After Jerry Robinson helped Questor escape the government facility in which he had been built, the android learned the truth about himself and Vaslovik during an encounter at Mount Ararat. The truth about Questor's identity was revealed only after the death of Jerry Robinson, when (at the request of surviving family members) his scientific papers were turned over to researchers at U.S. Robots and Mechanical Men, Inc. 

(Founded in the late 20th Century as S.T.A.R. [Scientific and Technological Advanced Research] Labs, this conglomerate think tank once had offices all across the globe devoted to various scientific pursuits ranging from bioweaponry and genetic restructuring; when its very size led to the S.T.A.R. Labs' demise just after the turn of the century, Dr. Lawrence Robertson - head of the company's robotic research facility in Chicago - managed to obtain the funding to purchase that branch and rename it U.S. Robotics and Mechanical Men, Incorporated [or USR for short]. Another former S.T.A.R. Labs facility - its metahuman research facility in San Francisco - was also saved from extinction when its operations were taken over during the early years of the 21st Century by NASA; this facility later became the site of the United Federation of Planets' famed Daystrom Institute. [6])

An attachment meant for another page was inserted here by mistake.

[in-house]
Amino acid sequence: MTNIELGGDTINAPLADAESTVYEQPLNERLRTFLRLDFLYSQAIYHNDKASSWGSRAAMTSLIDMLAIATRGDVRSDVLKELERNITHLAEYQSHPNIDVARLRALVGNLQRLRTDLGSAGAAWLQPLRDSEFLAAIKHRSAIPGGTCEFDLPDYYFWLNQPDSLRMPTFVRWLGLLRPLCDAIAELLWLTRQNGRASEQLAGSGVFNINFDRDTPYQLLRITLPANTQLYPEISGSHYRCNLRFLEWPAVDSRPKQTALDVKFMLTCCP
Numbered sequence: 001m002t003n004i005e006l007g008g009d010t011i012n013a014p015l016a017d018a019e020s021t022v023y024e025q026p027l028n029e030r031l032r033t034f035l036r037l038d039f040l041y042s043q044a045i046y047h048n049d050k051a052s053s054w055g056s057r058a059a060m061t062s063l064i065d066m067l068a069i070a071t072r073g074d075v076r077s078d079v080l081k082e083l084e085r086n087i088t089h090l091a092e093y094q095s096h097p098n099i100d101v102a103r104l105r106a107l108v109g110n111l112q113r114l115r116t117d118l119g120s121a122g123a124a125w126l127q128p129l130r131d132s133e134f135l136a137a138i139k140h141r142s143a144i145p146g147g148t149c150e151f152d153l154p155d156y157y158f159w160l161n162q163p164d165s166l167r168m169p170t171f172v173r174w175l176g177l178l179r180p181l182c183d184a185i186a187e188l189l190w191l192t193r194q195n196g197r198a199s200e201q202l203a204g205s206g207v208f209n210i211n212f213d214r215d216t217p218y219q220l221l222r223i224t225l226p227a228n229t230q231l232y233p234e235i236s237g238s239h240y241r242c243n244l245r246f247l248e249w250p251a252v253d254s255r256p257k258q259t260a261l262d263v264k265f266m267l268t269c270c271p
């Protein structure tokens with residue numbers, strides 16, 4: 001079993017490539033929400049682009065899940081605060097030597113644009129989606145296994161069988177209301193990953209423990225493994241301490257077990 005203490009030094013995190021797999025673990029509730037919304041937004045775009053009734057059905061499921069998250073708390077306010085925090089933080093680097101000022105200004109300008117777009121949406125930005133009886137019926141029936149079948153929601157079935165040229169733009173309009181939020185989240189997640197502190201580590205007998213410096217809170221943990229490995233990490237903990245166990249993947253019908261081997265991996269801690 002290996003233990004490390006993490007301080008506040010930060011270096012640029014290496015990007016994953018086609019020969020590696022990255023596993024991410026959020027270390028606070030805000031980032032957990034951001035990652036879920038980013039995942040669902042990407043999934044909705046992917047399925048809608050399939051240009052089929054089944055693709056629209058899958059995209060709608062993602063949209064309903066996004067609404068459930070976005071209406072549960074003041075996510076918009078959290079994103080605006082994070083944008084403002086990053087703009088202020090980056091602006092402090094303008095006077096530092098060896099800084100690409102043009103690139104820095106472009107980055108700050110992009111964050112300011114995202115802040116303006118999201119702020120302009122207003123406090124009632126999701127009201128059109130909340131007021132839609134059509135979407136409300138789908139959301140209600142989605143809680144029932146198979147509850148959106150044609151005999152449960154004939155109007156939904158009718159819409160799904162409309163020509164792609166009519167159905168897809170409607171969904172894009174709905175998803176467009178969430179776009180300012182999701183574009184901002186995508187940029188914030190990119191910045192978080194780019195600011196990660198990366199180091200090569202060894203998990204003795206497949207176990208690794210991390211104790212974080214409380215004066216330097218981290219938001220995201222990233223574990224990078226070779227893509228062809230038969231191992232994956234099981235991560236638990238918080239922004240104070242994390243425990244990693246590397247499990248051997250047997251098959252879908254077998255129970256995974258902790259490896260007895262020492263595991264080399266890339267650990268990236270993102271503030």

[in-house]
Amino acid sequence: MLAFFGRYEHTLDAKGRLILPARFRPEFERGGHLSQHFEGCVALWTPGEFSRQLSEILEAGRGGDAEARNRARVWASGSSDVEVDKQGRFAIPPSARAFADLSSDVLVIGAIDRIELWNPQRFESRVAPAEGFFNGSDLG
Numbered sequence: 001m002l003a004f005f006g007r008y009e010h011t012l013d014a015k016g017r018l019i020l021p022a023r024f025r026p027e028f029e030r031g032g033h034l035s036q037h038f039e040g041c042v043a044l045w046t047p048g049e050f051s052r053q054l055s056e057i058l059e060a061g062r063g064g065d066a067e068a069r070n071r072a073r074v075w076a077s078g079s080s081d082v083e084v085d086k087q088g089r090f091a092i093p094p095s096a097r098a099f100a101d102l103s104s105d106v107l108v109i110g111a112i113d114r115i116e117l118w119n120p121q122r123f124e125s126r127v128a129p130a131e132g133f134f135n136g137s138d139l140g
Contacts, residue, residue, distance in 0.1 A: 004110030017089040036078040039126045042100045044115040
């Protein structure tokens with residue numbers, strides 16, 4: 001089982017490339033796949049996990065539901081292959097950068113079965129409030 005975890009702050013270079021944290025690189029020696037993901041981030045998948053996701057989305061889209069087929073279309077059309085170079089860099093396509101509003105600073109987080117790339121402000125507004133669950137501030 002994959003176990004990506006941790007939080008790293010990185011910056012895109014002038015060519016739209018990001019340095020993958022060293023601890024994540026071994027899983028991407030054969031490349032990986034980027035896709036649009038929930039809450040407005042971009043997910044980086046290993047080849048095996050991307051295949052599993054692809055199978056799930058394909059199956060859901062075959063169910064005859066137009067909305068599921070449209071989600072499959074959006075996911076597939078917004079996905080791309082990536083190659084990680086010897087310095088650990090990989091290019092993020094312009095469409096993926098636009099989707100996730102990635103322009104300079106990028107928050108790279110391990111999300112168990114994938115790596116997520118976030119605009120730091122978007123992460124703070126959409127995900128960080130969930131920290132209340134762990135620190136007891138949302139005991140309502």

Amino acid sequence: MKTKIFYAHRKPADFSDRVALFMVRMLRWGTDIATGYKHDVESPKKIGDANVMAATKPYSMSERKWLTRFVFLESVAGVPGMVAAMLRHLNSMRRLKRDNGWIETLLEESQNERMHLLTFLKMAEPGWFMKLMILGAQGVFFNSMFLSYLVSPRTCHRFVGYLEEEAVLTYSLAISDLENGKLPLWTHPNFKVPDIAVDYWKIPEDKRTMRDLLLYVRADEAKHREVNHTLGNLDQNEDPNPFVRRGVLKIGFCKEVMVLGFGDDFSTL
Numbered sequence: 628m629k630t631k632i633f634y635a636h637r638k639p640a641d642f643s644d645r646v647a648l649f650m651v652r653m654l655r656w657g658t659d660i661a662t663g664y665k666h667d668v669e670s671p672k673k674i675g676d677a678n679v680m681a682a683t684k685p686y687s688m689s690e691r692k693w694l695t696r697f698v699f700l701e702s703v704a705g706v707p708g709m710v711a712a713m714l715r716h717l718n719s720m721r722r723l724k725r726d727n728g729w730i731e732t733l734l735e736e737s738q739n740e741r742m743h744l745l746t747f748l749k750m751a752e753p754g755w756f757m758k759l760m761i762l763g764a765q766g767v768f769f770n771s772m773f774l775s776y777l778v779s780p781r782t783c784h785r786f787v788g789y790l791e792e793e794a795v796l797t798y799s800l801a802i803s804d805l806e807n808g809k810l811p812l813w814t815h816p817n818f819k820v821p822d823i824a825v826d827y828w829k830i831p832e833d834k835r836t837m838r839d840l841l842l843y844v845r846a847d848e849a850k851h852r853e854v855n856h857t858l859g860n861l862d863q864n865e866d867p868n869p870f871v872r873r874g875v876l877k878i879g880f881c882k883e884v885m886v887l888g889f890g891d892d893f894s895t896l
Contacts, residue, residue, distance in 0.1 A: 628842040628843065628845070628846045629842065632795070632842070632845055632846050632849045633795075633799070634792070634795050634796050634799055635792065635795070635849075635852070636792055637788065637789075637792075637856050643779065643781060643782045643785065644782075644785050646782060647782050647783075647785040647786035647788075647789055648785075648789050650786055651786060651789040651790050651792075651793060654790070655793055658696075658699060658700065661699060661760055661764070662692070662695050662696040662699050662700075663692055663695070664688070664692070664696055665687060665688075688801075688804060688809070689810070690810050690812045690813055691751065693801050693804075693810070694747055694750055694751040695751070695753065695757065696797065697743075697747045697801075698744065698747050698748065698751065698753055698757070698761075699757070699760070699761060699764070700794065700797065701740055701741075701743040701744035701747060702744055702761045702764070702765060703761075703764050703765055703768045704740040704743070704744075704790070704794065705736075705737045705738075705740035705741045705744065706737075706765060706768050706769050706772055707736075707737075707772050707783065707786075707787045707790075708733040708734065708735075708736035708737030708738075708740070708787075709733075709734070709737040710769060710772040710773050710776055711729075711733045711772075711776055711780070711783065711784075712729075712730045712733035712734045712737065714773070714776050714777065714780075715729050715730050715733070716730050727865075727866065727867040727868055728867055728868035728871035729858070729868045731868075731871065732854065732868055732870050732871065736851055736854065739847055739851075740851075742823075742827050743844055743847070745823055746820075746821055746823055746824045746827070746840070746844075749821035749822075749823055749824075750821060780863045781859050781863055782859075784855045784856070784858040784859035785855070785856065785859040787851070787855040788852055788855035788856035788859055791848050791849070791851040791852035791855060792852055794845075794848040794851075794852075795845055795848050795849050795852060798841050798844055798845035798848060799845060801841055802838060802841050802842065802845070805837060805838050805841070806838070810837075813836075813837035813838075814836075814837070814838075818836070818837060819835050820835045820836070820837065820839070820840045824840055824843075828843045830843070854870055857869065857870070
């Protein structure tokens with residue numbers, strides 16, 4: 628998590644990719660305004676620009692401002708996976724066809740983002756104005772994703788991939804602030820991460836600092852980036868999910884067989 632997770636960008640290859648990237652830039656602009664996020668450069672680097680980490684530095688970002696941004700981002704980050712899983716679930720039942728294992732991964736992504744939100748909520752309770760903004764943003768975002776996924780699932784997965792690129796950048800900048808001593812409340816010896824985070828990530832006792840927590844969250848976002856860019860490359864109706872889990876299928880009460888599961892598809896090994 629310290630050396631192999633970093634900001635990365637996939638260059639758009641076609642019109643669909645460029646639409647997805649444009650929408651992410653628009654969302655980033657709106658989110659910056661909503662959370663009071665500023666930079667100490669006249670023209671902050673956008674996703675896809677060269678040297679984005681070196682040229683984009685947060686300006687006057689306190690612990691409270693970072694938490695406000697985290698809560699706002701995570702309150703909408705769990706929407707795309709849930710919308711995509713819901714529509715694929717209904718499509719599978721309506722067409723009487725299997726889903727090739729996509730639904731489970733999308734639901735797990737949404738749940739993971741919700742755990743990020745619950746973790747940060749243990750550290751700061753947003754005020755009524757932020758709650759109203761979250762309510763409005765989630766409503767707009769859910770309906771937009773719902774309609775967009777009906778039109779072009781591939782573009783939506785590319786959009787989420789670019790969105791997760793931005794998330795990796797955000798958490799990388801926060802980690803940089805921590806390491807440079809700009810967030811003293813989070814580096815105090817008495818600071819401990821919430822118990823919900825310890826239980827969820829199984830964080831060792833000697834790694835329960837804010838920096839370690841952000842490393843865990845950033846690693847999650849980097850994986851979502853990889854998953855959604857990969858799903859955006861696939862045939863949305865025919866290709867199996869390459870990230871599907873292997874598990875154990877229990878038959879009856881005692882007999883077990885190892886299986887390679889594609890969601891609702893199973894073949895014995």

Despite Robinson's detailed journals, these researchers were unable to fully duplicate the techniques which had gone into Questor's creation. It has been theorized that Questor himself - who reportedly disappeared around this same time - used the technology bequeathed to him by the Guardians to alter his physical appearance and assume a new identity as one of the USR scientists, and that he may have deliberately sabotaged efforts to duplicate his creation out of concern that the world was not quite ready for a large group of his own kind.